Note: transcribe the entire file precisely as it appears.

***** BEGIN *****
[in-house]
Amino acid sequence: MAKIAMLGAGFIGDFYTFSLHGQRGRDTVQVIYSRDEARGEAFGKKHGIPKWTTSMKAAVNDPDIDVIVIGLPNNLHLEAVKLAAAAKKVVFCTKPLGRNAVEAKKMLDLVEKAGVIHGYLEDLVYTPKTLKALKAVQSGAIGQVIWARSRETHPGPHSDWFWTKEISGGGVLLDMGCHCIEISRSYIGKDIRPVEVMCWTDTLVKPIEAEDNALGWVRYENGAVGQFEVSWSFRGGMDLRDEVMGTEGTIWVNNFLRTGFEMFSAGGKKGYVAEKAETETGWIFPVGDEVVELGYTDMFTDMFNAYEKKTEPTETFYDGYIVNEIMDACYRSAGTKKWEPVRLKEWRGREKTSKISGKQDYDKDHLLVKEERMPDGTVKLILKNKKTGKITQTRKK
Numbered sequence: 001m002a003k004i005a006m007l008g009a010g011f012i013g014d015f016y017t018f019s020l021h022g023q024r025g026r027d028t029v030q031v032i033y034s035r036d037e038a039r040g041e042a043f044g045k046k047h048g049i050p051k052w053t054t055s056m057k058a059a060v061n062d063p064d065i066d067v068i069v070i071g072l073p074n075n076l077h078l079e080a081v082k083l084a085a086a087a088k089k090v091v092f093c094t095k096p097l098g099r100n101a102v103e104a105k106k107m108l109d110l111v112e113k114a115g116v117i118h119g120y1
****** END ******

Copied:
[in-house]
Amino acid sequence: MAKIAMLGAGFIGDFYTFSLHGQRGRDTVQVIYSRDEARGEAFGKKHGIPKWTTSMKAAVNDPDIDVIVIGLPNNLHLEAVKLAAAAKKVVFCTKPLGRNAVEAKKMLDLVEKAGVIHGYLEDLVYTPKTLKALKAVQSGAIGQVIWARSRETHPGPHSDWFWTKEISGGGVLLDMGCHCIEISRSYIGKDIRPVEVMCWTDTLVKPIEAEDNALGWVRYENGAVGQFEVSWSFRGGMDLRDEVMGTEGTIWVNNFLRTGFEMFSAGGKKGYVAEKAETETGWIFPVGDEVVELGYTDMFTDMFNAYEKKTEPTETFYDGYIVNEIMDACYRSAGTKKWEPVRLKEWRGREKTSKISGKQDYDKDHLLVKEERMPDGTVKLILKNKKTGKITQTRKK
Numbered sequence: 001m002a003k004i005a006m007l008g009a010g011f012i013g014d015f016y017t018f019s020l021h022g023q024r025g026r027d028t029v030q031v032i033y034s035r036d037e038a039r040g041e042a043f044g045k046k047h048g049i050p051k052w053t054t055s056m057k058a059a060v061n062d063p064d065i066d067v068i069v070i071g072l073p074n075n076l077h078l079e080a081v082k083l084a085a086a087a088k089k090v091v092f093c094t095k096p097l098g099r100n101a102v103e104a105k106k107m108l109d110l111v112e113k114a115g116v117i118h119g120y1